• SOIL: Medium to sandy.
  • EXPOSURE: Part shade to full shade. Tolerates heavy shade.
  • MOISTURE: Dry to medium. Tolerates wet soil.
  • PLANTING: Plugs are best; this species often does not grow well from seed.
  • NOTES: Preferred as groundcover for dry shade, underplanting for shade perennials, or lawn substitute for dry soils in shady areas (forms a turf that never needs mowing or mow 2-3 times per year to 2 in. tall).


common bugle - Ajuga reptans


  • NATIVE RANGE: Europe, northern Africa, southwestern Asia.
  • MATURE SIZE: Height: .5-.75 ft.
  • GROWTH HABIT: low-growing bugleweed will spread in the garden by stolons (reptans means creeping) to form an attractive, mat-like ground cover. Not particularly tolerant of foot traffic.
  • BLOOM: Blue; May to June.
  • SOIL: Average, well-drained. Avoid planting in wet, heavy soils, provide good air circulation and divide when clumps become overcrowded.
  • EXPOSURE: Full sun to part shade. Will grow in full shade, but best foliage color usually occurs in part-sun locations (at least 3-4 hours of sun per day).
  • MOISTURE: Medium. Prefers moist soils with good drainage, but tolerates moderately dry ones.
  • PLANTING: Space plants 6-9 in. apart for prompt cover. Will fill in large, shady areas where lawns are difficult to establish. May also be planted on banks or slopes, under trees or around shrubs.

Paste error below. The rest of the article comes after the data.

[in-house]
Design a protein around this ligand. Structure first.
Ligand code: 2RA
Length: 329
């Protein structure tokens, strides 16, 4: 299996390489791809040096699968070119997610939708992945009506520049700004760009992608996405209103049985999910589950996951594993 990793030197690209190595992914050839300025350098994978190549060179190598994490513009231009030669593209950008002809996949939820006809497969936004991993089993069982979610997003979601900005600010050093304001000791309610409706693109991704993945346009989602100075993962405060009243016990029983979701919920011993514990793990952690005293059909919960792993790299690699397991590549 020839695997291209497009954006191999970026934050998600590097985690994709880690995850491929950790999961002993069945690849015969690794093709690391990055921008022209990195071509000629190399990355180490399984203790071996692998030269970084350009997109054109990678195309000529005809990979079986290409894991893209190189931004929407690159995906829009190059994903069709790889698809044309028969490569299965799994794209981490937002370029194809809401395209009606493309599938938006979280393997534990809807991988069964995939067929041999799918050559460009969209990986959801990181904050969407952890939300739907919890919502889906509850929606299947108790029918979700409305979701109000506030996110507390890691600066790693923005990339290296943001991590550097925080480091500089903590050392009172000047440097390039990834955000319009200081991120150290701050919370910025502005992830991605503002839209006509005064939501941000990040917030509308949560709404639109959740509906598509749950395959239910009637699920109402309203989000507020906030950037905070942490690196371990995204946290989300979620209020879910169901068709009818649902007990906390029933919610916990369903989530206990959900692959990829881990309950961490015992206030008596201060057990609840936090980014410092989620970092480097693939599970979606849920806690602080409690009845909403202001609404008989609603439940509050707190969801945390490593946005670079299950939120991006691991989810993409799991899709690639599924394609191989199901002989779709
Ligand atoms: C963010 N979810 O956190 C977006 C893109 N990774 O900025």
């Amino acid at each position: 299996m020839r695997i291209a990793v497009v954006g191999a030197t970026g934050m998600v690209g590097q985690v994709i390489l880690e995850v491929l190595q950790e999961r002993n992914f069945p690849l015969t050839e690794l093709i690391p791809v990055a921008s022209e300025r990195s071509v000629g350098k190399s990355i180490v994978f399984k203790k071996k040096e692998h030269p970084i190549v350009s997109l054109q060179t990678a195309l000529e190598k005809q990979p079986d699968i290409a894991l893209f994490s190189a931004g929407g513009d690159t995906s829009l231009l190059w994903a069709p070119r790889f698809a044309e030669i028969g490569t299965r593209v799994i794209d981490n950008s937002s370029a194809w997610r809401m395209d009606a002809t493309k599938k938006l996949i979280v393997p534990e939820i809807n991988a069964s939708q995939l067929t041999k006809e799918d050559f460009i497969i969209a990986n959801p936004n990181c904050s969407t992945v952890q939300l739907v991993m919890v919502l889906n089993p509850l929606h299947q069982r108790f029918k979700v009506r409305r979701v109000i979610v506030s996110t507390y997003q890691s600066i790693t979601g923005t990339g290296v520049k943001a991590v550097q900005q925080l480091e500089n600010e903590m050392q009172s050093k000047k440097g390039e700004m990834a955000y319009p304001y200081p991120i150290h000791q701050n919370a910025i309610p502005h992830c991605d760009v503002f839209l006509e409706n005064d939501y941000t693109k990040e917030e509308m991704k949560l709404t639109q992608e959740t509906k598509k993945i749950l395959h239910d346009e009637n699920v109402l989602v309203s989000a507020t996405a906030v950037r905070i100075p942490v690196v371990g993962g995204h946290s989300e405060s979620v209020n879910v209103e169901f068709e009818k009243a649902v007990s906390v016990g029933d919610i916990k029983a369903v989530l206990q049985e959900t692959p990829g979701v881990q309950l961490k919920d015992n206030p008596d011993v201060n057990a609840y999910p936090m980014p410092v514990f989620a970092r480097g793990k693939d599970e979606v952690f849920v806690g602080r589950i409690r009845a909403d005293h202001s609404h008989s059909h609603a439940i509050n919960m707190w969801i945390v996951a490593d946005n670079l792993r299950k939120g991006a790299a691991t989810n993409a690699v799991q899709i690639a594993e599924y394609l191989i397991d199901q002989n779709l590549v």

• NOTES: Can be invasive. Can tolerate mowing. Plants may be cut back to the ground after flowering, if necessary, to rejuvenate the foliage. Avoid planting near perennial beds or lawns where its spreading nature could pose removal problems. Tolerates rabbit, deer, and black walnut.

chamomile – Chamaemelum


  • NATIVE RANGE: Western Europe.
  • MATURE SIZE: Height: .25-.5 ft.
  • GROWTH HABIT: Spreading mat; low-growing evergreen perennial.
  • BLOOM: White rays with yellow centers; June to September.
  • SOIL: Average, well-drained. Best in well-drained sandy soils.
  • EXPOSURE: Full sun to part shade.
  • MOISTURE: Medium. Tolerates some drought.
  • PLANTING: Easily grown from seed. Spreads by creeping stems that root as they go. Can be aggressive in optimum growing conditions. If grown as a lawn substitute, plant seedlings or divisions 6-12 in. apart.
  • NOTES: Fragrant foliage. It can be regularly mowed as a lawn, but tolerates only minimal foot traffic. A higher height of cut is preferred to allow the plant to flower without removing the flower buds.

clover - Trifolium repens

  • VARIETIES: Dutch white is the most commonly available clover by seed and is the best suited for lawn-type applications. Microclover (T. repens L. var. Pirouette), a dwarf cultivar of the common Dutch white clover, is also a popular option for a lawn alternative. Clover is a legume - it fixes nitrogen in root nodules.
  • NATIVE RANGE: Europe.